The test of whether the United States is a democratic and open society for the Negro will depend on at least three different factors: First, it must become evident that desegregation has been achieved. Second, it must be demonstrated that equality of opportunity has been established. Third, it must be shown that integration of the Negro is possible. Individual human beings, Negro and white, must have the freedom to choose whcther or not they will continue to live in enclaves or in an admixed and integrated community.

The Negro revolt has, thus far, accelerated efforts toward desegregation and the establishment of equality of opportunity for Negro Americans. It has also undoubtedly accelerated the achievement of integration. It remains to be seen, however, whether the course which the revolt follows will continue to promote integration or whether it will produce a solidified Negro community which, as a conflict group, will help to organize a solidified, and perhaps increasingly resistant, white community. It remains to be seen whether the Negro will have the choice, available to white ethnic groups, of continuing to live in enclaves or of living in an admixed and integrated pattern. It remains to be seen whether the Negro community can follow white ethnic immigrants into an increasingly integrated order or whether it will endure as a separate, even if equal, minority group.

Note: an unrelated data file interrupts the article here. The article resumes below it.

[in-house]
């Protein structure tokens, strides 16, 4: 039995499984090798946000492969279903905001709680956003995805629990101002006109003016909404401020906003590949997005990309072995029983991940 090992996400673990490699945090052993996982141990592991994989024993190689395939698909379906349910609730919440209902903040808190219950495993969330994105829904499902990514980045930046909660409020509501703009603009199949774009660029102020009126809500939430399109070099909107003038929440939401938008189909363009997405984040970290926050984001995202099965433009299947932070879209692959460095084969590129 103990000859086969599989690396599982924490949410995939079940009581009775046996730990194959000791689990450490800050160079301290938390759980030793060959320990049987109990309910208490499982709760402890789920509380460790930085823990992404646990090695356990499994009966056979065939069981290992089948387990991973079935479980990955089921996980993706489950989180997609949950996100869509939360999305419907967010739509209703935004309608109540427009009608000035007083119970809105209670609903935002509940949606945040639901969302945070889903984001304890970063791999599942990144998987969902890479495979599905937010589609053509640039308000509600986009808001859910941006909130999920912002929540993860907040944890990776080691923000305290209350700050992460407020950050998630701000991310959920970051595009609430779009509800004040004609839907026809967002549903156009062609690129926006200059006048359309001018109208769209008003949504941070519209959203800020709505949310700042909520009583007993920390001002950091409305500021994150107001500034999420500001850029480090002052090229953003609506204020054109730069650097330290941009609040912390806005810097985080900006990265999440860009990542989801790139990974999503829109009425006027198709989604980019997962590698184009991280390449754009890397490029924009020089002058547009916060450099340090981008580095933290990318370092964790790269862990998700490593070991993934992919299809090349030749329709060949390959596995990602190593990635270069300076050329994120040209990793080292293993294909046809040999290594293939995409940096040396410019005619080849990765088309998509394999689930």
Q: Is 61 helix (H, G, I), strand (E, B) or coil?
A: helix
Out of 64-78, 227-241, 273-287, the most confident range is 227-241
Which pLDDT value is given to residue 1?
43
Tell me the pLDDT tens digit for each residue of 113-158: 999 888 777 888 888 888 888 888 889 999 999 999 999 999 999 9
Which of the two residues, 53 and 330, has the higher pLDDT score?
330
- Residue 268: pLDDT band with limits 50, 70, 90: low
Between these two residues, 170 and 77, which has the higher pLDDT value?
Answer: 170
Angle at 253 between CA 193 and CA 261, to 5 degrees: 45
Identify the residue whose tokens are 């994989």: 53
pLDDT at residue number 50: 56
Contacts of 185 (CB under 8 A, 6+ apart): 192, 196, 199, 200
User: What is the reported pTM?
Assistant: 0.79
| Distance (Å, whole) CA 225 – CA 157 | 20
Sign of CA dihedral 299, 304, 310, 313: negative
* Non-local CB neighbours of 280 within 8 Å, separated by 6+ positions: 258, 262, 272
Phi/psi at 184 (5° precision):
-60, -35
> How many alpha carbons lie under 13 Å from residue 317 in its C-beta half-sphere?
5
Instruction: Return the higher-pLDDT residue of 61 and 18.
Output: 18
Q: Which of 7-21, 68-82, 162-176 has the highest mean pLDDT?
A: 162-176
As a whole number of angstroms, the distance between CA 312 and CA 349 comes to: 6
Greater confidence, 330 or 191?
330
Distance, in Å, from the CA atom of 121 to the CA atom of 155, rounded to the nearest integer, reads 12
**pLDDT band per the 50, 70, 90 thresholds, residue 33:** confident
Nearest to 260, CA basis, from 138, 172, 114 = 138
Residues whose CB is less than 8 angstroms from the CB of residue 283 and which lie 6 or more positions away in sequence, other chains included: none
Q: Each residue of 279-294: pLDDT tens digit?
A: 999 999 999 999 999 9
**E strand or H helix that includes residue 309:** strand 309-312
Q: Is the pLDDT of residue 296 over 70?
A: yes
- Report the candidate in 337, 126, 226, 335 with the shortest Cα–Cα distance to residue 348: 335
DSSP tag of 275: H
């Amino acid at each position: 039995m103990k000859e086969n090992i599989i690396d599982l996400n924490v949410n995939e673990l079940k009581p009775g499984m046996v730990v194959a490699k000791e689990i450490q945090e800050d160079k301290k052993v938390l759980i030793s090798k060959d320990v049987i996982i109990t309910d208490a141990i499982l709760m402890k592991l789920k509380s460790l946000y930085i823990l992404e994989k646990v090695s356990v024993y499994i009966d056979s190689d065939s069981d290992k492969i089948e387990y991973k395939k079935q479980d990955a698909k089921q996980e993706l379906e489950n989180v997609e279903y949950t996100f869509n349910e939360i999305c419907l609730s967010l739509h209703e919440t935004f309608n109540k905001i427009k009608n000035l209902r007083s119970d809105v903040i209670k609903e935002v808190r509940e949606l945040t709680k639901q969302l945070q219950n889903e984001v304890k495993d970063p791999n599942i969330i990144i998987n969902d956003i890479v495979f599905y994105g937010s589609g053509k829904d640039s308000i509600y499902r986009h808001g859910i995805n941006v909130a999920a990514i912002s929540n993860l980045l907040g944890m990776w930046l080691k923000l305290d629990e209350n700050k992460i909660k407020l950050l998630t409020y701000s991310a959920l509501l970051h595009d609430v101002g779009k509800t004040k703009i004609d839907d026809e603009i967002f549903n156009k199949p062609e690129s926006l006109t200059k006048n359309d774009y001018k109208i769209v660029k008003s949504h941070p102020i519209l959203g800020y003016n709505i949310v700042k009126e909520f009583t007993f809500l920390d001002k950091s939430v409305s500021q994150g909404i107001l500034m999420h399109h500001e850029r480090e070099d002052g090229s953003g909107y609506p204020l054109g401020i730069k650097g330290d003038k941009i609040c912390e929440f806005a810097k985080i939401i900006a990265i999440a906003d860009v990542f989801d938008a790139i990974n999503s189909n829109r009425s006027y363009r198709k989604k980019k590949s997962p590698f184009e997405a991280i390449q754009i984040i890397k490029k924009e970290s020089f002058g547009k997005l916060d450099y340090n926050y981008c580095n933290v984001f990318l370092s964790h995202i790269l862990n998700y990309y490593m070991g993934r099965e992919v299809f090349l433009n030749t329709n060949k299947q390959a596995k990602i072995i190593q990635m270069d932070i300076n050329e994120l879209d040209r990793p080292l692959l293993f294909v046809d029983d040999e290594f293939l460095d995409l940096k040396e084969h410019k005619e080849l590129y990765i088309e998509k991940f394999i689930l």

In a fundamental sense integration is an American problem, not a Negro problem. Perhaps this country's major contribution to the history of man lies in her demonstration of the ability to achieve unity out of diversity and to maintain an open pluralistic society in which each person can rise from humble origins to limits set only by his own capabilities. Thus far, this demonstration has applied only to our white ethnic groups. To continue to deny the Negro any of the choices which are available to whites is to threaten the very premises, and to undermine the foundations, of our democratic society.

REFERENCES 1. The population data on the Negro American are drawn from the statistics